4. Our two high schools are superb -- our successes in academics, athletics, and co-curriculars are amazing, and the faculties at both campuses are exceptional. Last year, the Board made decisions about moving more students into the North sending path that will balance out the numbers of students in the not too distant future. Thus, while each of the high schools has its unique personality, I believe we have been very successful in creating equity in the two schools. The one area that still requires immediate attention is the physical facility at South -- we need to commit to updating the HS South facilities to both protect the physical assets and to enhance educational opportunities.

5. I think that the Board and Administration are doing a better job in communicating with and gaining input from the public than in past years, but there is still room for improvement. Examples of improved communication are the strategic planning process we just finished, and the Middle School Study which is ongoing and has been an inclusive process, most recently with parent, teacher and student focus groups. In addition to these formal activities that inform the Board about community priorities, it is important for Board members to interact with community members, listen to their issues, and be able to represent their points of view to the Administration and fellow Board members. I encourage members of the public from either town to contact me with their concerns.


Term: 3 years

Select Two

Richard Kaye

Address: 66 Coneflower Lane, West Windsor, NJ 08550


Advanced studies, Rutgers University

M.A. Administration/Supervision, City University of New York

M.A. Social Studies/Education, New York University N.Y.C

B.A. History/Political Science, Queens College. N.Y.C.

Significant Community Activities:

Member of the WW-P Strategic Planning Core Team

Member of the WW-P Education Foundation Board of Directors

Member of the Village Grande Civic Association, former co-chairperson Education Committee of the Civic Association

Facilitator of movie discussion series at a community house of worship

Organizer and facilitator of Sunday at The Movies series, Village Grande

Organizer and facilitator of Contemporary Issues Discussion Club at

Village Grande - Foreign Policy Association Program

Member of the planning committee of the week-end club, Village Grande

Responses to Questions:

1. As a member of the Core Team, I helped craft the WW-P Strategic Plan. I've created school/community partnerships, planned/implemented, school construction projects and building/district budgets. My decision-making skills deal with the issue of increasing student/parent needs and wants, with decreasing financial resources.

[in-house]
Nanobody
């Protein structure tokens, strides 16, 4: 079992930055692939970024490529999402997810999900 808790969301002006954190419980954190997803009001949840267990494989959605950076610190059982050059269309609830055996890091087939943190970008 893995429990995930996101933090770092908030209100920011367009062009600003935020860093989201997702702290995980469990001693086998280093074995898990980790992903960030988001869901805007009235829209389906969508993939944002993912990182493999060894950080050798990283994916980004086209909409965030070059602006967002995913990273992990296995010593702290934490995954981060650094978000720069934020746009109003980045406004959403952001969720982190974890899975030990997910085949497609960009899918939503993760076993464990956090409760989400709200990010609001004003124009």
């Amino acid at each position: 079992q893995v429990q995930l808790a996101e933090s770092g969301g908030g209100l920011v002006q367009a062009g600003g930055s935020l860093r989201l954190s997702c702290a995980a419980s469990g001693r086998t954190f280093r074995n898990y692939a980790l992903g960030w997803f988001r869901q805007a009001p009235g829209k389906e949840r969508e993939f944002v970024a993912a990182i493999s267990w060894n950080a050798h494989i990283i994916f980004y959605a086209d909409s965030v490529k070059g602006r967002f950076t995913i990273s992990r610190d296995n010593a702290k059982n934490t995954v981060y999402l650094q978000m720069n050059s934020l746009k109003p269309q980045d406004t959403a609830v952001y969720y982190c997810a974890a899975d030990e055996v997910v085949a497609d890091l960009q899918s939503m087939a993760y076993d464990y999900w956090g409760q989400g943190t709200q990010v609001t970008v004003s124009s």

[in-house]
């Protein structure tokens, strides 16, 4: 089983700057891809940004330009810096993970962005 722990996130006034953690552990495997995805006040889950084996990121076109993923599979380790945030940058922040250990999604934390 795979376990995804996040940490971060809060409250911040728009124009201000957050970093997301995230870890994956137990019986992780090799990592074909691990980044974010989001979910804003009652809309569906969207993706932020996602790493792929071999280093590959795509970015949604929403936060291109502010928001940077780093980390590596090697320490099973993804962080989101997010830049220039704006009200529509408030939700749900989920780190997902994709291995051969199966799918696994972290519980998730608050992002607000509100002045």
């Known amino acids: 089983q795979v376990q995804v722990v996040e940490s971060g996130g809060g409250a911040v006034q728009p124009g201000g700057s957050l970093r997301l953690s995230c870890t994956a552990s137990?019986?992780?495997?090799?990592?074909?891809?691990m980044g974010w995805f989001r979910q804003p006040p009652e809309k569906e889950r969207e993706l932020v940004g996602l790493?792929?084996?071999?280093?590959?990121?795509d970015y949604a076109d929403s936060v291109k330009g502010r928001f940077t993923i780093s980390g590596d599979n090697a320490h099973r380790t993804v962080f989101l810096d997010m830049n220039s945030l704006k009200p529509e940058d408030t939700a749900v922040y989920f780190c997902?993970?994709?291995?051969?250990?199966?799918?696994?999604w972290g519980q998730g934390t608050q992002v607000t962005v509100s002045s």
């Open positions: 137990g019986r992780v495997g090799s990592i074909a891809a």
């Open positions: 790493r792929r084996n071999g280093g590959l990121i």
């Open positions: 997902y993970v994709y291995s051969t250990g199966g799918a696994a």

2. What must schools provide to all students, given decreasing financial resources? The budget process brings the values and beliefs of the community into operation. What data is gathered, by whom, and how it is used to make the final decisions, is critical. I have done this throughout my career.

A second issue is the needs of our physical plants. Data for this must include safety/health, heating/ventilation, code requirements, electrical capacity for current/future technology, enrollment projections, space limitations, and more. School staff, parents, community members and students, must be involved creating the questions, gathering data and recommending to the Board. Public information sharing is critical. Priorities/costs must be part of the process. A committee of all stakeholders, including board members, should present a plan to the Board for review, recommendation and action, including financial analysis, cost benefit data, time frames, what can be done in regular budget cycles, is a second ballot question required, do we need a referendum?

A third issue is who provides which services? What must be provided by schools, other community organizations, and parents? Should schools supplement limited parent resources? This question limits the mission of the Board of Education, so the Strategic Plan must be the framework for what we do and how we do it. I helped create the plan and can be a primary source for implementing its use.

The final issue is maintaining excellence when you are among the best. Never stop working to be even better. The most capable can go further. That's not the place to cut dollars, or you lower the bar for everyone. The fragile must be given everything needed to move ahead. The middle is not left in-between, but must constantly be empowered for improved achievement. The goal is the growth of all students to continuously higher levels of accomplishment.

3. This process requires maximum input/review by all staff. The Superintendent trains principals/program leaders to represent their building and program, and the best interests of all students/district. Data must include what exists on hand. Focus on why needed, who is served, and prioritize. A second review by the Superintendent and his/her team adds financial analysis, including existing dollars, revenue anticipated from state, federal and grants sources, current tax rate dollars projected, and impact of legislation such as S1701. The Superintendent and Board invite the public to join the review. Differences between requests and projected dollars are evident and the dialogue about asking for additional public funds begins. Everyone faces financial realities, whether fixed income or pending college tuition. This process must ensure everyone is involved, core program is available to all learners, safety and health issues are addressed, and dollars spent get the maximum result for the largest population, with an affordable price tag. Thirty plus years of experience creating budgets allows me to understand the data needed, how to ensure maximum input from all stakeholders, the priority process and final decision-making.